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Finding out that you are going to be a father
by Horsefeathers. November 2nd 2012, 10:09 AM

Finding out that you are going to be a father
By Lyndsee (Heartlines.)

You just found out you're going to be a father. Your emotions are all over the place; you might be shocked, happy, anxious, or upset. You have a lot of questions: "How are we going to afford this child?" "Do we keep it?" "Is it mine?" These are all natural emotions to feel and questions to have. The way in which one reacts or feels can depend on the person, the relationship with the mother, things going on in one's personal life, and age/maturity. The overall aim of this article is to ultimately put your mind at ease and educate you.

It's important to establish your relationship and communicate with the mother. Are you two a couple? Are you just friends? Did you have sex one night at a party? This will help both of you know where you stand. Even if the relationship is strained, you still need to try your best to communicate. Remember that you are both going through this together, and the best support will come from each other. It's important to be a good source of emotional support for the mother, as women who are pregnant can be affected by hormones and stress. It isn't uncommon for the father to walk out of the mother's and child's lives. This can be for many reasons. Finding out you're going to be a parent can be very scary. People generally think that the problem goes away if you run from it. Walking out on the mother eliminates your ability to have a say in how your child is raised. The mother has the potential to make a choice that doesn't correlate with your beliefs. Once you are both together, you need to decide what you're going to do with your child. You both have a say in the fate of the infant, so discuss together what your options are. However, in the end the mother has the final say. During the decision-making process, respectfully address your concerns and needs. Your options consist of adoption (closed, or open), abortion, or parenting. You don't have to make this decision right away, as there are a lot of different factors that can play into a decision this big. Through all this, you need to make sure youíre constantly in contact with the mother. You two are a team, and need to work as such.

Before making the decision to parent or not, think about the life that you are living now. Do you have a job? If so, does it pay well? Do you think that you could afford to raise a child? Oftentimes, teenagers and young adults don't have high-paying jobs and already struggle to pay bills as it is. Raising a child will make money even tighter. Are you in college right now, or planning to go to college? If you plan on going to college, you will have to learn how to manage your time and money around a child. Many people feel as though this would be impossible. If you manage your time and provide care to your child, although it may be difficult, it is not impossible to raise a child in college. Even though you go to school and have a job, you also probably have a social life. This can mean partying with friends on the weekend, or simply getting together with a few close friends and watching movies. Think about the effect it would have on your social life, should you decide to parent. These are sacrifices that need to be made in order to meet the needs of a child. You and the mother have to decide if a baby is worth those sacrifices. That isn't to say that you can't work, go to school, or have fun as a parent - it just means that it might be a bit more difficult. You have to think about child care. Is there someone to watch the baby while you're doing all of these things? These are all questions that you need to ask yourself and be realistic about.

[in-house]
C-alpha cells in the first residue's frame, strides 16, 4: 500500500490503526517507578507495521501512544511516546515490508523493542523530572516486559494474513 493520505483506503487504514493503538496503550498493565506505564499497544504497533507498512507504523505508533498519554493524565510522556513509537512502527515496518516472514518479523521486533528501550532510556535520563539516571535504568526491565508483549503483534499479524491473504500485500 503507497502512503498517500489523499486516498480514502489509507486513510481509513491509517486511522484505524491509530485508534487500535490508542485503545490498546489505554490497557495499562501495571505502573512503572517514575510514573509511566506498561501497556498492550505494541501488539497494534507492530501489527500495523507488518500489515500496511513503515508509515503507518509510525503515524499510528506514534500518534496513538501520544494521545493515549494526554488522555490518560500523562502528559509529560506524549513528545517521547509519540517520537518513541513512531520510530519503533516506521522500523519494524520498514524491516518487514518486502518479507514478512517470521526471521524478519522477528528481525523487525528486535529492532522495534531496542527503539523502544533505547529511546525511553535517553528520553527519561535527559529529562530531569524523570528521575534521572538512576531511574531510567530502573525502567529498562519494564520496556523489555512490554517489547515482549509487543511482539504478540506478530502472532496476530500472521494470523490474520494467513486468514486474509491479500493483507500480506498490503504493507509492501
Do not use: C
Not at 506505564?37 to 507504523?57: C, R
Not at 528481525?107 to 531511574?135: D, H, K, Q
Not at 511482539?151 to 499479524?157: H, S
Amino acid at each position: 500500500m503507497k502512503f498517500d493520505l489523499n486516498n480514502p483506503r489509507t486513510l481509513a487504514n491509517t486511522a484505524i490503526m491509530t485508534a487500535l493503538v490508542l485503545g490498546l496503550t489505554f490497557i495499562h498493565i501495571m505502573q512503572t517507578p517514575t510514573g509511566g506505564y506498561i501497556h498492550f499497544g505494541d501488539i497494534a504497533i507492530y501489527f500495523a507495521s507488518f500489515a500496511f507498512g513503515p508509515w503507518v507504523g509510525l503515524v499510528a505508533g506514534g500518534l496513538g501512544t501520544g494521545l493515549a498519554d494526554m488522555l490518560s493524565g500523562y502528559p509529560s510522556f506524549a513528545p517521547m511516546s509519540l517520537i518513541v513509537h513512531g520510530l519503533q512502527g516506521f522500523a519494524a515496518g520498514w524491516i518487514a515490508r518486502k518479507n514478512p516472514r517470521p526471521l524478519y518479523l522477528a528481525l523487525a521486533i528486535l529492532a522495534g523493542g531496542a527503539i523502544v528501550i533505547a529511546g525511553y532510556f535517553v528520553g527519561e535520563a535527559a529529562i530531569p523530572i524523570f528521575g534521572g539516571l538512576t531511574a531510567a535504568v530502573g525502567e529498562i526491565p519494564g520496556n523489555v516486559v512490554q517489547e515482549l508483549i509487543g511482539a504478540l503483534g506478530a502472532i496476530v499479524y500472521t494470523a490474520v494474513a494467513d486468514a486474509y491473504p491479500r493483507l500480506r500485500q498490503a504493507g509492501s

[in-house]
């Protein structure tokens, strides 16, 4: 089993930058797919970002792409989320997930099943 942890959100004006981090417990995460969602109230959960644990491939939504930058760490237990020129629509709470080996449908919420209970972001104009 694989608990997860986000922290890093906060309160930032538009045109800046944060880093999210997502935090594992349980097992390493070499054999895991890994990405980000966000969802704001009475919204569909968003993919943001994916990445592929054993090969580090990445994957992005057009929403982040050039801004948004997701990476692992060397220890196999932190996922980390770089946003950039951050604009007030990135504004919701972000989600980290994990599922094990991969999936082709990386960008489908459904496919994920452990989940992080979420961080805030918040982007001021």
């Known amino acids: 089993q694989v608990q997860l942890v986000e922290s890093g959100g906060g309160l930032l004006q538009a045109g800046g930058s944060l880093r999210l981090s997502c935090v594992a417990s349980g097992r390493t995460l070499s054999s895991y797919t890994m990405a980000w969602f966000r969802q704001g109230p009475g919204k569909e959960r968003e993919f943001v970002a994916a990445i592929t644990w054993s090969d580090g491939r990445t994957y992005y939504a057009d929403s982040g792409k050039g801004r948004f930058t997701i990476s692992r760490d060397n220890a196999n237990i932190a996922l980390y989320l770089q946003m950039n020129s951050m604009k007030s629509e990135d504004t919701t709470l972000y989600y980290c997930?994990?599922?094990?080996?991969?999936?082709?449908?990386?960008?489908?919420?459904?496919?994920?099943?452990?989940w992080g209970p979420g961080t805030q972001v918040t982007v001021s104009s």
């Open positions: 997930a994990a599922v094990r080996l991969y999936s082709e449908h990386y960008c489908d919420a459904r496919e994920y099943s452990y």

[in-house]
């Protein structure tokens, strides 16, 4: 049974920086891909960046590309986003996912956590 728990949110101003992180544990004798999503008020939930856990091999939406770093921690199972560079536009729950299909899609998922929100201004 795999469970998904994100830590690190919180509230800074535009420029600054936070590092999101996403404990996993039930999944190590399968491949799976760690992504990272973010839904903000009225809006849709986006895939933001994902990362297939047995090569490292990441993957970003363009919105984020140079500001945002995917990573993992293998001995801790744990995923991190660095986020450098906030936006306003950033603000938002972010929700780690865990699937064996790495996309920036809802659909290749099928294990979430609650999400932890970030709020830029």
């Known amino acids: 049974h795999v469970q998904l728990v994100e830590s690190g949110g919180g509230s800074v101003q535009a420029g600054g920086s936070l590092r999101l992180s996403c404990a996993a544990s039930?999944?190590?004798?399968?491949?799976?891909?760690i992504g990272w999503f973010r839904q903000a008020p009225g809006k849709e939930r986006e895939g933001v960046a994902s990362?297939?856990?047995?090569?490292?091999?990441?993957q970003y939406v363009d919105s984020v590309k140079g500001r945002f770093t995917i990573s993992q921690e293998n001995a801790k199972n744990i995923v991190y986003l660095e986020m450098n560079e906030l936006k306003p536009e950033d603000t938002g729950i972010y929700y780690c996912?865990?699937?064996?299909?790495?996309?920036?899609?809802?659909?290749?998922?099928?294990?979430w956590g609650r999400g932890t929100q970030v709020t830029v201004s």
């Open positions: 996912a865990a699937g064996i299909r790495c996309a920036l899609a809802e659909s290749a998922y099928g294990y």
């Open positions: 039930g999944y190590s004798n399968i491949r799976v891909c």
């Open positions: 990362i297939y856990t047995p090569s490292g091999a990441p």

Even though you're in communication with the mother, and this is your responsibility, it's okay to seek advice from a close friend and/or relative. Oftentimes, an outsider's opinion can be extremely helpful, especially in situations like these. If you're having a hard time making the decision to parent, consult with someone you're close to. Remember that while it's great to have the support of others, the decision rests solely with you and the mother. Don't let anyone influence your decision in a negative or counterproductive way. It might be helpful to sit with your parent or guardian and discuss all the options available to you and the factors that play into decision-making. Initially telling your parents that you're having a child can be really tough. The way in which they react can vary greatly. They'll likely be in shock. They may be excited to be a grandparent. They may be mad, or even sad. Regardless of their reaction, that doesn't stop them from loving you. They care about you and want the best for you. Let them help you, and once the shock wears off, they'll be more open toward being supportive.

Remember that you are not alone! Check the area you live in for support classes/groups that pertain to your decision. If you can't find any groups around you, check for online groups. Good places to look are churches, Planned Parenthood, local clinics, and schools. You can also check online, as well. If you're still having trouble finding support, make an appointment with a counselor. They can direct you toward relevant resources. Whatever decision you and your partner decide to make is completely fine. If you decide to parent, thatís fine. If you decide to abort or give your child up for adoption, thatís also okay. This is a very personal decision, and there is no wrong answer. Whatever you choose to decide, be willing and ready to face the responsibility and emotions that follow.

Last edited by Horsefeathers.; November 2nd 2012 at 10:18 AM.
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